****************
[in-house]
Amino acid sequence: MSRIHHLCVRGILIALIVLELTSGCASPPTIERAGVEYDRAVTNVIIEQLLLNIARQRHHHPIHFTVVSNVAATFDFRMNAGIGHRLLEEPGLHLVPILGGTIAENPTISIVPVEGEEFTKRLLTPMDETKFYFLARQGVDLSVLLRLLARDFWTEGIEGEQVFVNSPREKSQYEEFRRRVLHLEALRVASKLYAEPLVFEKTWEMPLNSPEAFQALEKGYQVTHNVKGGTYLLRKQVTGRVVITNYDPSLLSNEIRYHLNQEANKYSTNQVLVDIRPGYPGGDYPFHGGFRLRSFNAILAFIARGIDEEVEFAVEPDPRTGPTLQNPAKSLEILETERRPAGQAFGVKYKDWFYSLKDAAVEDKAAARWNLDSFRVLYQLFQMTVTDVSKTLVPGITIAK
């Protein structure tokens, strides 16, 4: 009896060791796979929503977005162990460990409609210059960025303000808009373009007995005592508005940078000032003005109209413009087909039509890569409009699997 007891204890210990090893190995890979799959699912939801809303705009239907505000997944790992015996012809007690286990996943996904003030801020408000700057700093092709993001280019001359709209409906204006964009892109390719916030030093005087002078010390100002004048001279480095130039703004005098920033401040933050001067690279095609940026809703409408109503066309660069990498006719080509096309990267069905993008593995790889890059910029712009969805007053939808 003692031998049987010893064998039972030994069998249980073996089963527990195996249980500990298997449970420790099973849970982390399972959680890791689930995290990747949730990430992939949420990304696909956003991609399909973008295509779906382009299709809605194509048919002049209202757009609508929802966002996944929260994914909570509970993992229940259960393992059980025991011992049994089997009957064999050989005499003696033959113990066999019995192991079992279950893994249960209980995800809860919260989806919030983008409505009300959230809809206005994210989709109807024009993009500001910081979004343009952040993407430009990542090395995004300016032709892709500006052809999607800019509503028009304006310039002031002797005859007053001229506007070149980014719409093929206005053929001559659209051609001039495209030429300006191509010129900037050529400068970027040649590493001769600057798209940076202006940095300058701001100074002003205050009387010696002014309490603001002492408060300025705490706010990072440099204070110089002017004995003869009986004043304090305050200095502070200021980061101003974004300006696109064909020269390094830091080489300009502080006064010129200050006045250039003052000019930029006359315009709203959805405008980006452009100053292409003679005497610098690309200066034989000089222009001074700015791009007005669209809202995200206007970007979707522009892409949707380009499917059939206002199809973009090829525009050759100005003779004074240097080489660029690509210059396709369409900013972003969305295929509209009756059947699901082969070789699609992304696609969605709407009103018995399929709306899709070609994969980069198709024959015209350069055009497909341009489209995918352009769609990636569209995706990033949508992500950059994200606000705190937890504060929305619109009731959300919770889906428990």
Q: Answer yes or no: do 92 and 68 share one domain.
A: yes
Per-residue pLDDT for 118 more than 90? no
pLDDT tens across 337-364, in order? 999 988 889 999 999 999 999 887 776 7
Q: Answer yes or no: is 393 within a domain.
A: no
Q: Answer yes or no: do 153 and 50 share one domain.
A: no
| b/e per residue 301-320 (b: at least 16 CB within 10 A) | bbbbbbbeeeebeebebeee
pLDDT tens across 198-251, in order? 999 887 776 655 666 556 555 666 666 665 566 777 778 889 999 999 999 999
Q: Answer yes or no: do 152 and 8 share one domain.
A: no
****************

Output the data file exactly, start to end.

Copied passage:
[in-house]
Amino acid sequence: MSRIHHLCVRGILIALIVLELTSGCASPPTIERAGVEYDRAVTNVIIEQLLLNIARQRHHHPIHFTVVSNVAATFDFRMNAGIGHRLLEEPGLHLVPILGGTIAENPTISIVPVEGEEFTKRLLTPMDETKFYFLARQGVDLSVLLRLLARDFWTEGIEGEQVFVNSPREKSQYEEFRRRVLHLEALRVASKLYAEPLVFEKTWEMPLNSPEAFQALEKGYQVTHNVKGGTYLLRKQVTGRVVITNYDPSLLSNEIRYHLNQEANKYSTNQVLVDIRPGYPGGDYPFHGGFRLRSFNAILAFIARGIDEEVEFAVEPDPRTGPTLQNPAKSLEILETERRPAGQAFGVKYKDWFYSLKDAAVEDKAAARWNLDSFRVLYQLFQMTVTDVSKTLVPGITIAK
């Protein structure tokens, strides 16, 4: 009896060791796979929503977005162990460990409609210059960025303000808009373009007995005592508005940078000032003005109209413009087909039509890569409009699997 007891204890210990090893190995890979799959699912939801809303705009239907505000997944790992015996012809007690286990996943996904003030801020408000700057700093092709993001280019001359709209409906204006964009892109390719916030030093005087002078010390100002004048001279480095130039703004005098920033401040933050001067690279095609940026809703409408109503066309660069990498006719080509096309990267069905993008593995790889890059910029712009969805007053939808 003692031998049987010893064998039972030994069998249980073996089963527990195996249980500990298997449970420790099973849970982390399972959680890791689930995290990747949730990430992939949420990304696909956003991609399909973008295509779906382009299709809605194509048919002049209202757009609508929802966002996944929260994914909570509970993992229940259960393992059980025991011992049994089997009957064999050989005499003696033959113990066999019995192991079992279950893994249960209980995800809860919260989806919030983008409505009300959230809809206005994210989709109807024009993009500001910081979004343009952040993407430009990542090395995004300016032709892709500006052809999607800019509503028009304006310039002031002797005859007053001229506007070149980014719409093929206005053929001559659209051609001039495209030429300006191509010129900037050529400068970027040649590493001769600057798209940076202006940095300058701001100074002003205050009387010696002014309490603001002492408060300025705490706010990072440099204070110089002017004995003869009986004043304090305050200095502070200021980061101003974004300006696109064909020269390094830091080489300009502080006064010129200050006045250039003052000019930029006359315009709203959805405008980006452009100053292409003679005497610098690309200066034989000089222009001074700015791009007005669209809202995200206007970007979707522009892409949707380009499917059939206002199809973009090829525009050759100005003779004074240097080489660029690509210059396709369409900013972003969305295929509209009756059947699901082969070789699609992304696609969605709407009103018995399929709306899709070609994969980069198709024959015209350069055009497909341009489209995918352009769609990636569209995706990033949508992500950059994200606000705190937890504060929305619109009731959300919770889906428990």
Q: Answer yes or no: do 92 and 68 share one domain.
A: yes
Per-residue pLDDT for 118 more than 90? no
pLDDT tens across 337-364, in order? 999 988 889 999 999 999 999 887 776 7
Q: Answer yes or no: is 393 within a domain.
A: no
Q: Answer yes or no: do 153 and 50 share one domain.
A: no
| b/e per residue 301-320 (b: at least 16 CB within 10 A) | bbbbbbbeeeebeebebeee
pLDDT tens across 198-251, in order? 999 887 776 655 666 556 555 666 666 665 566 777 778 889 999 999 999 999
Q: Answer yes or no: do 152 and 8 share one domain.
A: no